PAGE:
Supporting My Son’s Desires: “I want to do it with my friends”
My son, Shunta, is a senior in high school and will be turning 18 soon. He was diagnosed with autism at the age of 4. He was a hard-to rear-kid, so I used to be pessimistic about his future. But he has grown so much in these past few years that I am now even nostalgic about his younger days. Shunta has become more self-determined and day-by-day vibrantly enjoys his life.
My son and I encountered and started “Dakko Ho” (Japanese Holding Method) when he was 3 years old. We supported him emotionally through the Dakko Ho sessions until he entered high school and through the use of facilitated writing (a way to support his communication) until he became a fifth grader. Now, Shunta can write on his own without support in diaries, in which sometimes he expresses his frustrations. Still to this day, Shunta, his brother and I are continually supported through emotional care provided by his Dakko Ho mentor.
Elementary School Years
Shunta was permitted to enter a regular class of his neighborhood school. At an entrance ceremony, however, he could not walk into the ceremony hall with everybody so I had to carry him in to participate. For the first 2.5 months, I went with him to school every day, until Shunta himself told me that he was okay by himself. Both the classroom teacher and the assistant principal initially recommended that he be placed in a special class, but since Shunta had expressed through facilitated writing that he wanted to be with his friends (which was my strong hope as well), we had to try hard so he could be allowed to stay in the regular class.
Shunta was able to do math problems with some prompts and to write Chinese characters. Although he rarely wrote at school, at home I made sure that he completed his homework to prove that he could do it and he could make it in a regular class. Sometimes I made him write so hard that he cried. It may have been me who was most desperate for acceptance and approval.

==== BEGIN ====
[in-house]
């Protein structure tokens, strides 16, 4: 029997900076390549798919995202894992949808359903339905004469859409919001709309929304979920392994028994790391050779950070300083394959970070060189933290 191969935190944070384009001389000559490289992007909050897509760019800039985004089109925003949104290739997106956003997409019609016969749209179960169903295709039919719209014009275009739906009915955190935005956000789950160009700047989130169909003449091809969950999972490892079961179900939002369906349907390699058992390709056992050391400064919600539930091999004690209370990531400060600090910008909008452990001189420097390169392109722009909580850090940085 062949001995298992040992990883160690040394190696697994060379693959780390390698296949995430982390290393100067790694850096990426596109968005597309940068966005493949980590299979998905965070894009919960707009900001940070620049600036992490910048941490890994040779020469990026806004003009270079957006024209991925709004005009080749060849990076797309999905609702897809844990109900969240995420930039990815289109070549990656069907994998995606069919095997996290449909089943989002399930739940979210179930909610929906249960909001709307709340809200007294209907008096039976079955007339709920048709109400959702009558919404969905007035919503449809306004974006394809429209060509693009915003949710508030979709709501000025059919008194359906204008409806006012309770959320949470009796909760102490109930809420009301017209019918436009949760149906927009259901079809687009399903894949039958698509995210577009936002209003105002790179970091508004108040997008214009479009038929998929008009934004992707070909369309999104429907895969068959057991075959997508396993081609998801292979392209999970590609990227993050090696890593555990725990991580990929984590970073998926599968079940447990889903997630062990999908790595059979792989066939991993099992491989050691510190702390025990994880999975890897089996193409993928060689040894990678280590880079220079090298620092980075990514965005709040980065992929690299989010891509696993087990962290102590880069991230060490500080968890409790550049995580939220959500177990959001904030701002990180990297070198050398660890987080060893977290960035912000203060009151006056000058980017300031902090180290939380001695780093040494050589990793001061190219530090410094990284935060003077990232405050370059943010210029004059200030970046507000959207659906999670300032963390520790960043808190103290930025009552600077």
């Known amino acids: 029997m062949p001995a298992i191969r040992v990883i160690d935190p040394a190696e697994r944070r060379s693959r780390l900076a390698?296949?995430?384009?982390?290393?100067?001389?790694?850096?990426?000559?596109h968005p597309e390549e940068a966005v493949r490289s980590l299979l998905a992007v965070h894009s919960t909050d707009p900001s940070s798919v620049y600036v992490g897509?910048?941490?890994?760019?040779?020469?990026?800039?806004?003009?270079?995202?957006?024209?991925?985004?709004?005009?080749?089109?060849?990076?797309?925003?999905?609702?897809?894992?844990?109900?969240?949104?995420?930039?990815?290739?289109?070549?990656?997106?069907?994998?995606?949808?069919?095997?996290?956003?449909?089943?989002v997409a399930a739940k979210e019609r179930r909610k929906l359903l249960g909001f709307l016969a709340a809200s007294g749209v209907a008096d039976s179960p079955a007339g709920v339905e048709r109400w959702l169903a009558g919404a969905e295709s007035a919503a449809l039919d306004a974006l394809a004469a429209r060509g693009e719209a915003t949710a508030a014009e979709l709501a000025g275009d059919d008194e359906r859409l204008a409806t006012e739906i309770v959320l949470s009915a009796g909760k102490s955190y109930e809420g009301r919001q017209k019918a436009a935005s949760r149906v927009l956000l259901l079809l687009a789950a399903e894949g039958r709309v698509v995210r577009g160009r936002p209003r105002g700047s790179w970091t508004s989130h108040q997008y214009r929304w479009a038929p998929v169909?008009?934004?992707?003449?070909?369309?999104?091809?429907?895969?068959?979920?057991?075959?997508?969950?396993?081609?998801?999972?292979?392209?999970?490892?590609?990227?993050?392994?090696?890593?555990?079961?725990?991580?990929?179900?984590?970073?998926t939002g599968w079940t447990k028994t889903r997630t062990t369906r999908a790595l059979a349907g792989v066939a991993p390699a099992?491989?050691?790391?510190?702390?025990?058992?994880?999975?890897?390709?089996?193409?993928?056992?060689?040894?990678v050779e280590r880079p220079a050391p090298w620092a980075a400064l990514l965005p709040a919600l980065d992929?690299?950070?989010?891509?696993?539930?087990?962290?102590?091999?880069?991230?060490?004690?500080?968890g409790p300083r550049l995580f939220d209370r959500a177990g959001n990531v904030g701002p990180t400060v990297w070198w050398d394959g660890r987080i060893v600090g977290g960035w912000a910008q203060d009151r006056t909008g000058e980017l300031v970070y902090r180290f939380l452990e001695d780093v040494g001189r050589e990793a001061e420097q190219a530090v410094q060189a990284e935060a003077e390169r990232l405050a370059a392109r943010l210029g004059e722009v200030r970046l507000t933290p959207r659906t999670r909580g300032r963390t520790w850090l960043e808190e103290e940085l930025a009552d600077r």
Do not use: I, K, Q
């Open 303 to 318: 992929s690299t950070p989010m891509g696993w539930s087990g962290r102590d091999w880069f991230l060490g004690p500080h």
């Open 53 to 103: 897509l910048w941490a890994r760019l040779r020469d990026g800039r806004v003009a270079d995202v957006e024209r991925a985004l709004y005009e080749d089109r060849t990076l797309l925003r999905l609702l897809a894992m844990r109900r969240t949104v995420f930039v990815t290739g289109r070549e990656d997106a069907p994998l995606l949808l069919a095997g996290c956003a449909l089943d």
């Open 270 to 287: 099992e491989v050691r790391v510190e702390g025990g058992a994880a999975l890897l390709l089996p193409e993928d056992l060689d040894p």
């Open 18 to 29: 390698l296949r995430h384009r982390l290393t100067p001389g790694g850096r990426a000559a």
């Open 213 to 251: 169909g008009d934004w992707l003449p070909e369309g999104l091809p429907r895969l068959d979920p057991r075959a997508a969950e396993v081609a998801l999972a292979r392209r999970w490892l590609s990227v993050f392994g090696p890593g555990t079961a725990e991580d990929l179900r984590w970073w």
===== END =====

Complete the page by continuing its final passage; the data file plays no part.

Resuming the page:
The principal at that time would kindly tell me things like he was looking forward to seeing Shunta grow. When Shunta ran up to the front stage while the gathered students were supposed to stay quiet and listen to teachers, the principal would not restrain Shunta but instead told me to wait. He said, “Other children need to know who he is. It must be hard for you, but we need to be patient here.” He taught me the real meaning of “courage”. The principal often invited me into his office, took time to listen to me, and offered to play a negotiating role when I needed to better communicate with the classroom teacher. If it had not been for this principal, I would not have known what to do.
When Shunta was in the fourth grade, we had to move due to his father’s job relocation. We saw a need for support and therefore decided to place him in a separate special education classroom during the summer. He was having difficulties with relating to friends around that time. The special education teacher helped Shunta a lot by realizing his desires to do things like his classmates and not by forcing him, but by motivating him with very skillful timing, even though Shunta often appeared as though he lacked motivation to do things.
At home, I continued to support him with his homework, and maintained communication with school by making detailed entries in a school-home notebook about how he was doing at home. I often expressed my greatest appreciation for the teachers, and when I did have complaints, I carefully reframed them into polite requests. It was something I learned earlier when my straightforward questions and requests made his first-grade classroom teacher rather withdrawn from communicating with me.
When Shunta was in the fifth grade, the regular classroom (of which Shunta was a part-time member) was in a disastrous state, and there was a lot of frustration directed toward the head teacher. The next year, a young male teacher, who was the most popular in the school, took over the class. It made a world of difference and both the children and parents/caregivers were happier as a result. In the fifth grade, Shunta had frequently been forgotten when he was supposed to move with his nondisabled classmates in the regular class; however, this situation dramatically changed in the sixth grade as the new teacher would come with other kids to the special education class to make sure they included Shunta. When the teacher did forget, he would apologize to Shunta in a manner in which other children could hear him. As the teacher provided the other children with a good model of how to communicate and interact with Shunta, the classmates changed their attitudes toward him as well. The many successful experiences that Shunta had in this sixth grade classroom gave him lots of confidence later on.